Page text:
Indeed, Defendant's interpretation confuses the first and second prongs of the Seminole Tribe test by incorporating the intent element of the first factor into the "appropriate legislation" requirement of the second. However, the first factor has never required Congress to specifically designate which provision of the Constitution it is using to abrogate the State's sovereign immunity; it must only express "its intent to abrogate" in the Act itself. Seminole Tribe, 517 U.S. at ___, 116 S.Ct. at 1123. Thus, even in Seminole Tribe, the Court found a clear legislative intent to abrogate the States' immunity under the Indian Gaming Regulatory Act simply because Congress had made "numerous references to the `State'" in the text of the statute. Id. at ___ _ ___, 116 S.Ct. at 1123-24.

That being said, the Court must now address Congress' abrogation of each of the statutes at issue in this case under the two-part test set forth in Seminole Tribe: the Age Discrimination in Employment Act (ADEA), the Equal Pay Act (EPA), and the Civil Rights Act of 1991. Pennhurst State Sch. & Hosp. v. Halderman, 465 U.S. 89, 121, 104 S.Ct. 900, 919, 79 L.Ed.2d 67 (1984); Henry v. Metropolitan Sewer Dist., 922 F.2d 332, 337 (6th Cir. 1990).

Age Discrimination in Employment Act

Ample precedent from both the Seventh Circuit and other circuit courts of appeals dictate, that both prongs of the Seminole Tribe test for abrogation have been met with respect to the ADEA.*fn2 See Davidson v. Board of Governors of State Colleges and Univs. for Western Ill. Univ., 920 F.2d 441, 443 (7th Cir. 1990); Heiar v. Crawford County, 746 F.2d 1190, 1193-94 (7th Cir. 1984); EEOC v. County of Calumet, 686 F.2d 1249, 1251-53 (7th Cir. 1982); Elrod, 674 F.2d at 604-09; see also Hurd v. Pittsburg State Univ., 109 F.3d 1540, 1543-46 (10th Cir. 1997); Ramirez v. Puerto Rico Fire Serv., 715 F.2d 694, 698-701 (1st Cir. 1983). Most recently, Chief Judge Posner in Crawford v. Indiana Dept. of Corrections, 115 F.3d 481, 487 (7th Cir. 1997), reinforced the continuing vitality of these cases after Seminole Tribe in finding that the Americans with Disabilities Act sufficiently abrogated sovereign immunity under the Fourteenth Amendment. If Defendant wishes to challenge these rulings, it must do so before the Seventh Circuit directly.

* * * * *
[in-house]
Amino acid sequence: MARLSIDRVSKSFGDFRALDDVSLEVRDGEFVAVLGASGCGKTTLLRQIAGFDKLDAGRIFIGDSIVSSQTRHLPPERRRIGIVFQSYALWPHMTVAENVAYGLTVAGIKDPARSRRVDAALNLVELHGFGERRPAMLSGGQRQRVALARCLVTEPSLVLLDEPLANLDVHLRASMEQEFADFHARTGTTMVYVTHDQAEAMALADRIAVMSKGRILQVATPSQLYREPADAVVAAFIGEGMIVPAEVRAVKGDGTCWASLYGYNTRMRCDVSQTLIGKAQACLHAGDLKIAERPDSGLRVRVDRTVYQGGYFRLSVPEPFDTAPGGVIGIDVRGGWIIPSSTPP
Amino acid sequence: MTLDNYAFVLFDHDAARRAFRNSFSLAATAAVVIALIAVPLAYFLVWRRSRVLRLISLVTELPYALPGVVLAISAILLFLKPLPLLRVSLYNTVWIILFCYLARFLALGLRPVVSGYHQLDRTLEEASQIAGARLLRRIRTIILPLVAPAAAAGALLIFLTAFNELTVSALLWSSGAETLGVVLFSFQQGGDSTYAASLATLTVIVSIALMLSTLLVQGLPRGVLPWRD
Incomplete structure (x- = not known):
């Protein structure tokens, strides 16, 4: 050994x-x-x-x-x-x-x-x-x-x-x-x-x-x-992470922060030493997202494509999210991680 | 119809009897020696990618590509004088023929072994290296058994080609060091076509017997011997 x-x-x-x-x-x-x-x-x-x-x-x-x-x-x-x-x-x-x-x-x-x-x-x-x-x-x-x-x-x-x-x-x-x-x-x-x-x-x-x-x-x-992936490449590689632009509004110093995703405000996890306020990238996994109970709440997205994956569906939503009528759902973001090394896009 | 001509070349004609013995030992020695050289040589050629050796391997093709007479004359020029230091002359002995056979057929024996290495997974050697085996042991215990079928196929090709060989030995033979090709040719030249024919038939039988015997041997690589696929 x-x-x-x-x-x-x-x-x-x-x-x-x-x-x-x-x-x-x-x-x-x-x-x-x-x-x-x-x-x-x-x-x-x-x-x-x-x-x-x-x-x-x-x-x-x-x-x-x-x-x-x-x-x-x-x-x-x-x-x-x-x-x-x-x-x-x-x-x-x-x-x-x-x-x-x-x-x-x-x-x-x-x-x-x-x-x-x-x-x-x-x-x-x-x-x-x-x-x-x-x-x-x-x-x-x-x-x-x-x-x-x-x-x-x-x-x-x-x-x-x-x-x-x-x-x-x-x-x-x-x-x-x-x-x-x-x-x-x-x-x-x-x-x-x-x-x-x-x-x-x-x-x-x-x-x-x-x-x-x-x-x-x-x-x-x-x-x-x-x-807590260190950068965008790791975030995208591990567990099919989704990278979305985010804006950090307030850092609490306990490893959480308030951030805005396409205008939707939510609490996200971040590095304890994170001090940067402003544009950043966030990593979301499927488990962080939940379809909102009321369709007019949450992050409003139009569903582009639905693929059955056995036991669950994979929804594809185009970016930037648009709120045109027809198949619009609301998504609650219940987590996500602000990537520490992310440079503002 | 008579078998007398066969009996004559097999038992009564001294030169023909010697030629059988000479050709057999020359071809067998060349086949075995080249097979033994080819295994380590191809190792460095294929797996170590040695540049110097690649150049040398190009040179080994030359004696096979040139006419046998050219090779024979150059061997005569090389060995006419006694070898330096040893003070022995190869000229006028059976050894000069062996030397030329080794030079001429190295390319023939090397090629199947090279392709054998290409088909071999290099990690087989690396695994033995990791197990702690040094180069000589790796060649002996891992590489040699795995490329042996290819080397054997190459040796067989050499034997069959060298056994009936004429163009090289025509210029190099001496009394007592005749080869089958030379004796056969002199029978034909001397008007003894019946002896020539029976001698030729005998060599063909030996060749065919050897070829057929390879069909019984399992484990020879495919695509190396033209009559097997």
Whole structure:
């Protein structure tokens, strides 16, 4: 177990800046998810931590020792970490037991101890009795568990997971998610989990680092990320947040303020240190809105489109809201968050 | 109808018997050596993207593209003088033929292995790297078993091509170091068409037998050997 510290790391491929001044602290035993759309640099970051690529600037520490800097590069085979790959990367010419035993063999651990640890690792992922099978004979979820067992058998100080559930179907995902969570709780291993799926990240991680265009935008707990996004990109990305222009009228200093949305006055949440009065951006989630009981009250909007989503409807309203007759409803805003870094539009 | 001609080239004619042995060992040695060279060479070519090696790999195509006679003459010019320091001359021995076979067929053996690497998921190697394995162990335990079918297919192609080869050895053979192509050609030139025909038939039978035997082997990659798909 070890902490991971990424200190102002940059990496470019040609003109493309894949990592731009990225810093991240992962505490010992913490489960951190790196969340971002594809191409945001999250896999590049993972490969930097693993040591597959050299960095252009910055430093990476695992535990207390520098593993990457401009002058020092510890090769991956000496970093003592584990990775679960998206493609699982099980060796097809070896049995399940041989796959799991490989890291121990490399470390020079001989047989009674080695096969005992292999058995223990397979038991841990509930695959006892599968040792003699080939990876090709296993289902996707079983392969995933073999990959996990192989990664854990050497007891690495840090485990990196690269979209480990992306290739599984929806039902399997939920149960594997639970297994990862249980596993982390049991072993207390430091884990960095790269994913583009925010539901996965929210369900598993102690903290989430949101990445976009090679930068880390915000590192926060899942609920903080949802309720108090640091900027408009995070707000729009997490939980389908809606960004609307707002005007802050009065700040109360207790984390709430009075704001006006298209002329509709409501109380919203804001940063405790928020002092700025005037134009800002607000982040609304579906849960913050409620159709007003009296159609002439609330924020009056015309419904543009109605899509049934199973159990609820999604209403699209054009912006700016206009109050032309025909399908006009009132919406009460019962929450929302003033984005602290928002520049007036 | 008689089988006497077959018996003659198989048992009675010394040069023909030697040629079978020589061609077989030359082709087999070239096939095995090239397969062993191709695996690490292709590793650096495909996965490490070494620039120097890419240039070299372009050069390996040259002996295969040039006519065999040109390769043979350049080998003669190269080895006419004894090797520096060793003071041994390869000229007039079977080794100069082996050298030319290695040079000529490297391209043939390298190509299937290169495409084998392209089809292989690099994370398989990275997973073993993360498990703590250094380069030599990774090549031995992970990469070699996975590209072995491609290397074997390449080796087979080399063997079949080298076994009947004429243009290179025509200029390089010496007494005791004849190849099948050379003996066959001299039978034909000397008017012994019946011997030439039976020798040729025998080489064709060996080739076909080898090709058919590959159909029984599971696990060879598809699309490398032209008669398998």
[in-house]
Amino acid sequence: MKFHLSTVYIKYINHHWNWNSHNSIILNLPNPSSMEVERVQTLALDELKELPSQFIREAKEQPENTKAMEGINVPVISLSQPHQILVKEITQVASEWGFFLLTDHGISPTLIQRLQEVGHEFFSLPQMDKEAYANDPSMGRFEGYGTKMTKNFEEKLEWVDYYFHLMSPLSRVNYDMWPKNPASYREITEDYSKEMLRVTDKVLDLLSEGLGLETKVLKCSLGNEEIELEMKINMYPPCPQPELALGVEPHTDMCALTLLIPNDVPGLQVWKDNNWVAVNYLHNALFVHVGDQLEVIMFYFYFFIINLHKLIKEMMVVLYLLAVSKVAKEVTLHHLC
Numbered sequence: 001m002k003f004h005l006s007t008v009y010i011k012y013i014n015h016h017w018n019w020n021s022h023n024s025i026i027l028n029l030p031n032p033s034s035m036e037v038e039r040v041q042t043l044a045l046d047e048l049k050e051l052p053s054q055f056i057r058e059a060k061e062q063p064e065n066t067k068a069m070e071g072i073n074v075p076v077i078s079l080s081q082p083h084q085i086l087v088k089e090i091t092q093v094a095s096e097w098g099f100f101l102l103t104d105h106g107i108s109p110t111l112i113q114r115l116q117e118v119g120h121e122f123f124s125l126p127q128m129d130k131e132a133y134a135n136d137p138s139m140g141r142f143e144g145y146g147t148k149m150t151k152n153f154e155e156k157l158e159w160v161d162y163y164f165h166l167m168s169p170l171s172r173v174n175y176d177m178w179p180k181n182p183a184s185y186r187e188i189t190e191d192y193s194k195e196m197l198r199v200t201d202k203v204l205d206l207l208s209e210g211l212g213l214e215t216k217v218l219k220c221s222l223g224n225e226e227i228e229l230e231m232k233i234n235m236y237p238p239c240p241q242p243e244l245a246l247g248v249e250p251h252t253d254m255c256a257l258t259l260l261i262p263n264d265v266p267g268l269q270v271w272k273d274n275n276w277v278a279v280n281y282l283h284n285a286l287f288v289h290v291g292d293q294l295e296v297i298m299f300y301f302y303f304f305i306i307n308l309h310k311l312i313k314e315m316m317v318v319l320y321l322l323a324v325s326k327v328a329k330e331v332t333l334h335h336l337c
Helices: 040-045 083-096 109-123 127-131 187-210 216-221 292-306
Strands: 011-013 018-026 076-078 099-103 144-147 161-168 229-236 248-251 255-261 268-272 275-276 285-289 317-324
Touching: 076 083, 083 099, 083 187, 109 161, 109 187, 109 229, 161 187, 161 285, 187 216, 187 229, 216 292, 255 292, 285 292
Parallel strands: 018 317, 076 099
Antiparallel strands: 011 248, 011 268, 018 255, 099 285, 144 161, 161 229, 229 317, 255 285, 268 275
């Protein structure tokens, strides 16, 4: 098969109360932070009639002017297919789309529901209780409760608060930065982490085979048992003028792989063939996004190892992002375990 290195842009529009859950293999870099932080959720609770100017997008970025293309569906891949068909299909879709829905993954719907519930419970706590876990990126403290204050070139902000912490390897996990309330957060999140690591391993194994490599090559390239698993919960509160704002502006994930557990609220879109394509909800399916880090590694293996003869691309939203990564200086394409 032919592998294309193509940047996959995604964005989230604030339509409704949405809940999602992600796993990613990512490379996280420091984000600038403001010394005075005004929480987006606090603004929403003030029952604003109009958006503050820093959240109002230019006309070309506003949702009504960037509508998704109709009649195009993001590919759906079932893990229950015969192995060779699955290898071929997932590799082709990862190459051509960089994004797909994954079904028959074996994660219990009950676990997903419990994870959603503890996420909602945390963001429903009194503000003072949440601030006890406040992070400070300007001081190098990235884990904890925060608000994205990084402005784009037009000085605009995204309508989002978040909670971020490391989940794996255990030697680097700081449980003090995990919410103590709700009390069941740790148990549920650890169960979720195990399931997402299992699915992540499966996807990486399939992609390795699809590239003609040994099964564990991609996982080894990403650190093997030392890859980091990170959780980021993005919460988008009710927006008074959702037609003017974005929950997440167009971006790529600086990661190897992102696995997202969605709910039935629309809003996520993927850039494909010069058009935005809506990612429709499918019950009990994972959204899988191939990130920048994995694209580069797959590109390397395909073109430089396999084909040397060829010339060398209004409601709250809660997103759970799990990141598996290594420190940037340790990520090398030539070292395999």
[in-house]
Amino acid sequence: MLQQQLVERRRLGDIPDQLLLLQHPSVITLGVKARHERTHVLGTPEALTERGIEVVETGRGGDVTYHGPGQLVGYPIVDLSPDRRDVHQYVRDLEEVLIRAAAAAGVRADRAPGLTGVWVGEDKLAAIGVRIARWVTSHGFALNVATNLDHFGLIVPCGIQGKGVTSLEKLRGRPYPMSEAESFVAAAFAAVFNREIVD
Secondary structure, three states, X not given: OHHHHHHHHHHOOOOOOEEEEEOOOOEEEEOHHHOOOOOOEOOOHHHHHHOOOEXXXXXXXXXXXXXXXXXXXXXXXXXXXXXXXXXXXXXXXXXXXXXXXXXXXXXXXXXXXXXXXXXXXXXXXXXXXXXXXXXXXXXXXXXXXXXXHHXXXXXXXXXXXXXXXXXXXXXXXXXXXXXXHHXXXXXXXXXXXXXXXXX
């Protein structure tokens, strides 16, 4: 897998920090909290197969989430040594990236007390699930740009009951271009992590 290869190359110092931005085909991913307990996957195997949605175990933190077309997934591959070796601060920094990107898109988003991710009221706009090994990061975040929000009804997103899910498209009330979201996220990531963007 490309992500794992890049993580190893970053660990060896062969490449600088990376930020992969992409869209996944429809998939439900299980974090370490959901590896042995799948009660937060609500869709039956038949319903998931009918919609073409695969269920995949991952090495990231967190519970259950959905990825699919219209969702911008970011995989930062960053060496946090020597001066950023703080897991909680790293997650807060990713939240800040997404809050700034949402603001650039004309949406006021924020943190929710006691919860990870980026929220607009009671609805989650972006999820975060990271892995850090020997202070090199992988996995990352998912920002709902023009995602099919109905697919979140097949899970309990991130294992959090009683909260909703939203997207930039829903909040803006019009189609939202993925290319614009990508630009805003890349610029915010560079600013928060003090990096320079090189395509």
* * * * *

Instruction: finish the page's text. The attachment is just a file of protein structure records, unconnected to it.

The Court does wish to address two specific arguments raised by Defendant. Defendant first argues that because the ADEA amendments of 1974 were passed pursuant to the Commerce Clause, they cannot now be presumed to have been passed pursuant to the Fourteenth Amendment. This is wrong for at least three reasons. First, there was no explicit reference by Congress to a specific constitutional provision as authority to extend coverage of the ADEA to the States. Elrod; 674 F.2d at 605. Neither of the cases cited by Defendant held that the ADEA amendments of 1974 actually were passed pursuant to the Commerce Clause, only that Congress could have done so as a valid exercise of its legislative power. See Gregory v. Ashcroft 501 U.S. 452, 467-68, 111 S.Ct. 2395, 2404-05, 115 L.Ed.2d 410 (1991); Wyoming, 460 U.S. at 243, 103 S.Ct. at 1064.

Second, as discussed above, there is no requirement under Seminole Tribe that Congress attribute its intent to abrogate to any specific provision of the Constitution. It is Congress' power to pass "appropriate legislation" under the Fourteenth Amendment that matters. Wyoming, 460 U.S. at 243 n. 18, 103 S.Ct. at 1063 n. 18; Woods, 333 U.S. at 144, 68 S.Ct. at 424. Thus, Defendant's discussion of the first element requiring a "simple but stringent tests" for Congress' intent to abrogate, Seminole Tribe, 517 U.S at ___, 116 S.Ct. at 1123, is irrelevant to the discussion whether Congress had the power to abrogate sovereign immunity pursuant to the Fourteenth Amendment. Id. at ___, 116 S.Ct at 1124.

Third, nothing prohibits Congress from passing legislation pursuant to the power given it in more than one provision of the Constitution: see, e.g., Wyoming, 460 U.S. at 243, 103 S.Ct. at 1064 (refusing to decide whether the ADEA, could be upheld under the Fourteenth Amendment as well as the Commerce Clause); Crawford; 115 F.3d at 487 ("the Americans with Disabilities Act is an exercise of Congress's power under section 5 of the Fourteenth Amendment (as well as under the commerce clause))"; Elrod; 674 F.2d at 603 n. 1 (finding that the ADEA would be a constitutional exercise of, Congress' Commerce Clause powers as well as under the Fourteenth Amendment).